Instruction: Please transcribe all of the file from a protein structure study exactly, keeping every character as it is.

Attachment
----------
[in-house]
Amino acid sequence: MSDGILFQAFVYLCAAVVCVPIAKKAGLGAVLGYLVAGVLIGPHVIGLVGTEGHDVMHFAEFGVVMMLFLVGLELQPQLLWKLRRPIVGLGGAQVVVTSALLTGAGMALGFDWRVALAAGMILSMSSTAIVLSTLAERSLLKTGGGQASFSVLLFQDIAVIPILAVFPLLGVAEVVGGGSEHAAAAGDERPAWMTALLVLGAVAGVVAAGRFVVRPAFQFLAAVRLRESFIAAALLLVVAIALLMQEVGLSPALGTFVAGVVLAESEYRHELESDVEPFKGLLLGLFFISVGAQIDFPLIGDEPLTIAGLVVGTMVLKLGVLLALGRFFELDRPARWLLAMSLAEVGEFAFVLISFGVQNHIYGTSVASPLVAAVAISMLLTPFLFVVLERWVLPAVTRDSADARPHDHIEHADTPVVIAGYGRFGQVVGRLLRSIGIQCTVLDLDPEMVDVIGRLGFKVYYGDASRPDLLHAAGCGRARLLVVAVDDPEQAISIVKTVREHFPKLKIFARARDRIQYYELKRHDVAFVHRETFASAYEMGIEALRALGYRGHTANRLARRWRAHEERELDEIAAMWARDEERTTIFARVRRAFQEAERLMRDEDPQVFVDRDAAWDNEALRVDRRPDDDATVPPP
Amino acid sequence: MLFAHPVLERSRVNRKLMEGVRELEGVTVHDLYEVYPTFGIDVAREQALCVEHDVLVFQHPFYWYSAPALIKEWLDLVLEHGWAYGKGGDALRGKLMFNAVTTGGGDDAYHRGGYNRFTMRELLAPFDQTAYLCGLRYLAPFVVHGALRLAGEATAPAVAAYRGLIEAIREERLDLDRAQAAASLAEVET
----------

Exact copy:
[in-house]
Amino acid sequence: MSDGILFQAFVYLCAAVVCVPIAKKAGLGAVLGYLVAGVLIGPHVIGLVGTEGHDVMHFAEFGVVMMLFLVGLELQPQLLWKLRRPIVGLGGAQVVVTSALLTGAGMALGFDWRVALAAGMILSMSSTAIVLSTLAERSLLKTGGGQASFSVLLFQDIAVIPILAVFPLLGVAEVVGGGSEHAAAAGDERPAWMTALLVLGAVAGVVAAGRFVVRPAFQFLAAVRLRESFIAAALLLVVAIALLMQEVGLSPALGTFVAGVVLAESEYRHELESDVEPFKGLLLGLFFISVGAQIDFPLIGDEPLTIAGLVVGTMVLKLGVLLALGRFFELDRPARWLLAMSLAEVGEFAFVLISFGVQNHIYGTSVASPLVAAVAISMLLTPFLFVVLERWVLPAVTRDSADARPHDHIEHADTPVVIAGYGRFGQVVGRLLRSIGIQCTVLDLDPEMVDVIGRLGFKVYYGDASRPDLLHAAGCGRARLLVVAVDDPEQAISIVKTVREHFPKLKIFARARDRIQYYELKRHDVAFVHRETFASAYEMGIEALRALGYRGHTANRLARRWRAHEERELDEIAAMWARDEERTTIFARVRRAFQEAERLMRDEDPQVFVDRDAAWDNEALRVDRRPDDDATVPPP
Amino acid sequence: MLFAHPVLERSRVNRKLMEGVRELEGVTVHDLYEVYPTFGIDVAREQALCVEHDVLVFQHPFYWYSAPALIKEWLDLVLEHGWAYGKGGDALRGKLMFNAVTTGGGDDAYHRGGYNRFTMRELLAPFDQTAYLCGLRYLAPFVVHGALRLAGEATAPAVAAYRGLIEAIREERLDLDRAQAAASLAEVET